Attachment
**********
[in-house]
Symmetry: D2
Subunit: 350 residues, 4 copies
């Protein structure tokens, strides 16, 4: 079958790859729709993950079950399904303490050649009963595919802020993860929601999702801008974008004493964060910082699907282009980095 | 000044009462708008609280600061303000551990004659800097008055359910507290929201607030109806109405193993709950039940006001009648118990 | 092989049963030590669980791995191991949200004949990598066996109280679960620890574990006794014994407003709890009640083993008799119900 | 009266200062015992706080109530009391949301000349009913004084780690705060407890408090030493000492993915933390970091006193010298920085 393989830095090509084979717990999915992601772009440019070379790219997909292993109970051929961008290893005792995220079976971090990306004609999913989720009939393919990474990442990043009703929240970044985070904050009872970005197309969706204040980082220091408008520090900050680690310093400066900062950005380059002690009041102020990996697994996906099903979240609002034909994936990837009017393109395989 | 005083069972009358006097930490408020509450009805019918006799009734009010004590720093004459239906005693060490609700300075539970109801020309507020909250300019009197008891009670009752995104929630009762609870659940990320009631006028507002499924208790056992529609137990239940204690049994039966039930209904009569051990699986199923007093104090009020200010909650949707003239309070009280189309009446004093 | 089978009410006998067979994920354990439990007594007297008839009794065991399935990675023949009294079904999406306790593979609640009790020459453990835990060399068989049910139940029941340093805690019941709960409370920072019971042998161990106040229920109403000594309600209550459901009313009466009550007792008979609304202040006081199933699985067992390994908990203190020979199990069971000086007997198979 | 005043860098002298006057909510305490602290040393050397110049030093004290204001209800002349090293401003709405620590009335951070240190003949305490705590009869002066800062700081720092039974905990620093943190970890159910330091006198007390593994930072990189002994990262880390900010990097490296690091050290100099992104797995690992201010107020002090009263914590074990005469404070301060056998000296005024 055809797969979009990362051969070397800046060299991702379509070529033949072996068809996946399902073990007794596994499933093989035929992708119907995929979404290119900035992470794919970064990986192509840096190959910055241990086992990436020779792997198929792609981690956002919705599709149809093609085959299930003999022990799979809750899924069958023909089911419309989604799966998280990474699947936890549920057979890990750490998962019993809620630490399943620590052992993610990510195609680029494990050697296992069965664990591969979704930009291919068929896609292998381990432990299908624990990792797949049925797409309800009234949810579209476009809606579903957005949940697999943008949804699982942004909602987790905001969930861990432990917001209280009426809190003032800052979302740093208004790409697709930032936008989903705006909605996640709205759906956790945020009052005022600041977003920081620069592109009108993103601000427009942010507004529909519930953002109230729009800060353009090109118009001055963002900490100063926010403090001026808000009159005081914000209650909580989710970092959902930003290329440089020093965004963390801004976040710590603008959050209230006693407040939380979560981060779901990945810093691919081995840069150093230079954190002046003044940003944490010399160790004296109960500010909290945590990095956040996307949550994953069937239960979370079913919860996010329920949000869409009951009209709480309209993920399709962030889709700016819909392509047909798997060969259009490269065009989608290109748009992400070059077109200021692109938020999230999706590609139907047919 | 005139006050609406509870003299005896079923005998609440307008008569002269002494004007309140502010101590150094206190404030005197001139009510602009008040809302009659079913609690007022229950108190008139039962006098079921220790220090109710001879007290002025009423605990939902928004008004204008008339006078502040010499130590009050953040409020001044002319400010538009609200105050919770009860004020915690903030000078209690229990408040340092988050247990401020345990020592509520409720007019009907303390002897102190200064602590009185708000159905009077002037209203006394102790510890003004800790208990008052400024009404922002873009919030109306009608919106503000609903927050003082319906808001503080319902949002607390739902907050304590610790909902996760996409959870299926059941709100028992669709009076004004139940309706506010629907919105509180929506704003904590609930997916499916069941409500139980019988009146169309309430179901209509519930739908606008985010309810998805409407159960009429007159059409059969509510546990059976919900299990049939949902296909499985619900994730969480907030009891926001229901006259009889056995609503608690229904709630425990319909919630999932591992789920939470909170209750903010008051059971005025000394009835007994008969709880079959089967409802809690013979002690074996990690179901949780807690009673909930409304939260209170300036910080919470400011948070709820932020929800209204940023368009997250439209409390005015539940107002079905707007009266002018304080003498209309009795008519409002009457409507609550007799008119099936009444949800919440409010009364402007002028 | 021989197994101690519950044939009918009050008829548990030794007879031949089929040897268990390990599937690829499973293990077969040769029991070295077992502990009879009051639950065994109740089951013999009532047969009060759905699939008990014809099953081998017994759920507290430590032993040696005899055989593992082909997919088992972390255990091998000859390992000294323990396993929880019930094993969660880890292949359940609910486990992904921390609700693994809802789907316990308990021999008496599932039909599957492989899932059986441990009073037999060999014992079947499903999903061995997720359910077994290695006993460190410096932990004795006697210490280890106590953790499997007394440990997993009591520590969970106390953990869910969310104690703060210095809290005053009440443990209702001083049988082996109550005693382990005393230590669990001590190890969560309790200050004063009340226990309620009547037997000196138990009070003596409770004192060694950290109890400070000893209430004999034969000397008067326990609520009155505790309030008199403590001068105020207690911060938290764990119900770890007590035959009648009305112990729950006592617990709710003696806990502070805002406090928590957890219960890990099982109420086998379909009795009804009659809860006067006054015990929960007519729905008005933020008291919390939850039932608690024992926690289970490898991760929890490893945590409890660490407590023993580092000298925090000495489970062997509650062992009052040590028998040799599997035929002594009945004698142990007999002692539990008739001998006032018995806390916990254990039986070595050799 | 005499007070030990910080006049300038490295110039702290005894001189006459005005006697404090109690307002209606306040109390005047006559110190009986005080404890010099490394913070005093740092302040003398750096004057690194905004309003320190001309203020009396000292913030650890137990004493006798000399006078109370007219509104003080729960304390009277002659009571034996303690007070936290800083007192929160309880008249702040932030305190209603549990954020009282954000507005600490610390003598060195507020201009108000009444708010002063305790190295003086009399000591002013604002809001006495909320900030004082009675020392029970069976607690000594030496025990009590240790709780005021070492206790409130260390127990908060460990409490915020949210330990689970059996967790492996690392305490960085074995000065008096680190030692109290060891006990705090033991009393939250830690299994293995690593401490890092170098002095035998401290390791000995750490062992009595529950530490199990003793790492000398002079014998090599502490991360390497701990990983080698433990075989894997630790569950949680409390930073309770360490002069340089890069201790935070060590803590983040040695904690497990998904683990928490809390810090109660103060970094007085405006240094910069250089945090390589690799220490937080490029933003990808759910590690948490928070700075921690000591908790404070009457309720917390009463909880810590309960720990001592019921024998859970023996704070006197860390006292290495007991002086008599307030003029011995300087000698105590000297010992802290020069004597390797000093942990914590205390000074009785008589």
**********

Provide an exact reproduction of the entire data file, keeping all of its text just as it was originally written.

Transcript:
[in-house]
Symmetry: D2
Subunit: 350 residues, 4 copies
């Protein structure tokens, strides 16, 4: 079958790859729709993950079950399904303490050649009963595919802020993860929601999702801008974008004493964060910082699907282009980095 | 000044009462708008609280600061303000551990004659800097008055359910507290929201607030109806109405193993709950039940006001009648118990 | 092989049963030590669980791995191991949200004949990598066996109280679960620890574990006794014994407003709890009640083993008799119900 | 009266200062015992706080109530009391949301000349009913004084780690705060407890408090030493000492993915933390970091006193010298920085 393989830095090509084979717990999915992601772009440019070379790219997909292993109970051929961008290893005792995220079976971090990306004609999913989720009939393919990474990442990043009703929240970044985070904050009872970005197309969706204040980082220091408008520090900050680690310093400066900062950005380059002690009041102020990996697994996906099903979240609002034909994936990837009017393109395989 | 005083069972009358006097930490408020509450009805019918006799009734009010004590720093004459239906005693060490609700300075539970109801020309507020909250300019009197008891009670009752995104929630009762609870659940990320009631006028507002499924208790056992529609137990239940204690049994039966039930209904009569051990699986199923007093104090009020200010909650949707003239309070009280189309009446004093 | 089978009410006998067979994920354990439990007594007297008839009794065991399935990675023949009294079904999406306790593979609640009790020459453990835990060399068989049910139940029941340093805690019941709960409370920072019971042998161990106040229920109403000594309600209550459901009313009466009550007792008979609304202040006081199933699985067992390994908990203190020979199990069971000086007997198979 | 005043860098002298006057909510305490602290040393050397110049030093004290204001209800002349090293401003709405620590009335951070240190003949305490705590009869002066800062700081720092039974905990620093943190970890159910330091006198007390593994930072990189002994990262880390900010990097490296690091050290100099992104797995690992201010107020002090009263914590074990005469404070301060056998000296005024 055809797969979009990362051969070397800046060299991702379509070529033949072996068809996946399902073990007794596994499933093989035929992708119907995929979404290119900035992470794919970064990986192509840096190959910055241990086992990436020779792997198929792609981690956002919705599709149809093609085959299930003999022990799979809750899924069958023909089911419309989604799966998280990474699947936890549920057979890990750490998962019993809620630490399943620590052992993610990510195609680029494990050697296992069965664990591969979704930009291919068929896609292998381990432990299908624990990792797949049925797409309800009234949810579209476009809606579903957005949940697999943008949804699982942004909602987790905001969930861990432990917001209280009426809190003032800052979302740093208004790409697709930032936008989903705006909605996640709205759906956790945020009052005022600041977003920081620069592109009108993103601000427009942010507004529909519930953002109230729009800060353009090109118009001055963002900490100063926010403090001026808000009159005081914000209650909580989710970092959902930003290329440089020093965004963390801004976040710590603008959050209230006693407040939380979560981060779901990945810093691919081995840069150093230079954190002046003044940003944490010399160790004296109960500010909290945590990095956040996307949550994953069937239960979370079913919860996010329920949000869409009951009209709480309209993920399709962030889709700016819909392509047909798997060969259009490269065009989608290109748009992400070059077109200021692109938020999230999706590609139907047919 | 005139006050609406509870003299005896079923005998609440307008008569002269002494004007309140502010101590150094206190404030005197001139009510602009008040809302009659079913609690007022229950108190008139039962006098079921220790220090109710001879007290002025009423605990939902928004008004204008008339006078502040010499130590009050953040409020001044002319400010538009609200105050919770009860004020915690903030000078209690229990408040340092988050247990401020345990020592509520409720007019009907303390002897102190200064602590009185708000159905009077002037209203006394102790510890003004800790208990008052400024009404922002873009919030109306009608919106503000609903927050003082319906808001503080319902949002607390739902907050304590610790909902996760996409959870299926059941709100028992669709009076004004139940309706506010629907919105509180929506704003904590609930997916499916069941409500139980019988009146169309309430179901209509519930739908606008985010309810998805409407159960009429007159059409059969509510546990059976919900299990049939949902296909499985619900994730969480907030009891926001229901006259009889056995609503608690229904709630425990319909919630999932591992789920939470909170209750903010008051059971005025000394009835007994008969709880079959089967409802809690013979002690074996990690179901949780807690009673909930409304939260209170300036910080919470400011948070709820932020929800209204940023368009997250439209409390005015539940107002079905707007009266002018304080003498209309009795008519409002009457409507609550007799008119099936009444949800919440409010009364402007002028 | 021989197994101690519950044939009918009050008829548990030794007879031949089929040897268990390990599937690829499973293990077969040769029991070295077992502990009879009051639950065994109740089951013999009532047969009060759905699939008990014809099953081998017994759920507290430590032993040696005899055989593992082909997919088992972390255990091998000859390992000294323990396993929880019930094993969660880890292949359940609910486990992904921390609700693994809802789907316990308990021999008496599932039909599957492989899932059986441990009073037999060999014992079947499903999903061995997720359910077994290695006993460190410096932990004795006697210490280890106590953790499997007394440990997993009591520590969970106390953990869910969310104690703060210095809290005053009440443990209702001083049988082996109550005693382990005393230590669990001590190890969560309790200050004063009340226990309620009547037997000196138990009070003596409770004192060694950290109890400070000893209430004999034969000397008067326990609520009155505790309030008199403590001068105020207690911060938290764990119900770890007590035959009648009305112990729950006592617990709710003696806990502070805002406090928590957890219960890990099982109420086998379909009795009804009659809860006067006054015990929960007519729905008005933020008291919390939850039932608690024992926690289970490898991760929890490893945590409890660490407590023993580092000298925090000495489970062997509650062992009052040590028998040799599997035929002594009945004698142990007999002692539990008739001998006032018995806390916990254990039986070595050799 | 005499007070030990910080006049300038490295110039702290005894001189006459005005006697404090109690307002209606306040109390005047006559110190009986005080404890010099490394913070005093740092302040003398750096004057690194905004309003320190001309203020009396000292913030650890137990004493006798000399006078109370007219509104003080729960304390009277002659009571034996303690007070936290800083007192929160309880008249702040932030305190209603549990954020009282954000507005600490610390003598060195507020201009108000009444708010002063305790190295003086009399000591002013604002809001006495909320900030004082009675020392029970069976607690000594030496025990009590240790709780005021070492206790409130260390127990908060460990409490915020949210330990689970059996967790492996690392305490960085074995000065008096680190030692109290060891006990705090033991009393939250830690299994293995690593401490890092170098002095035998401290390791000995750490062992009595529950530490199990003793790492000398002079014998090599502490991360390497701990990983080698433990075989894997630790569950949680409390930073309770360490002069340089890069201790935070060590803590983040040695904690497990998904683990928490809390810090109660103060970094007085405006240094910069250089945090390589690799220490937080490029933003990808759910590690948490928070700075921690000591908790404070009457309720917390009463909880810590309960720990001592019921024998859970023996704070006197860390006292290495007991002086008599307030003029011995300087000698105590000297010992802290020069004597390797000093942990914590205390000074009785008589």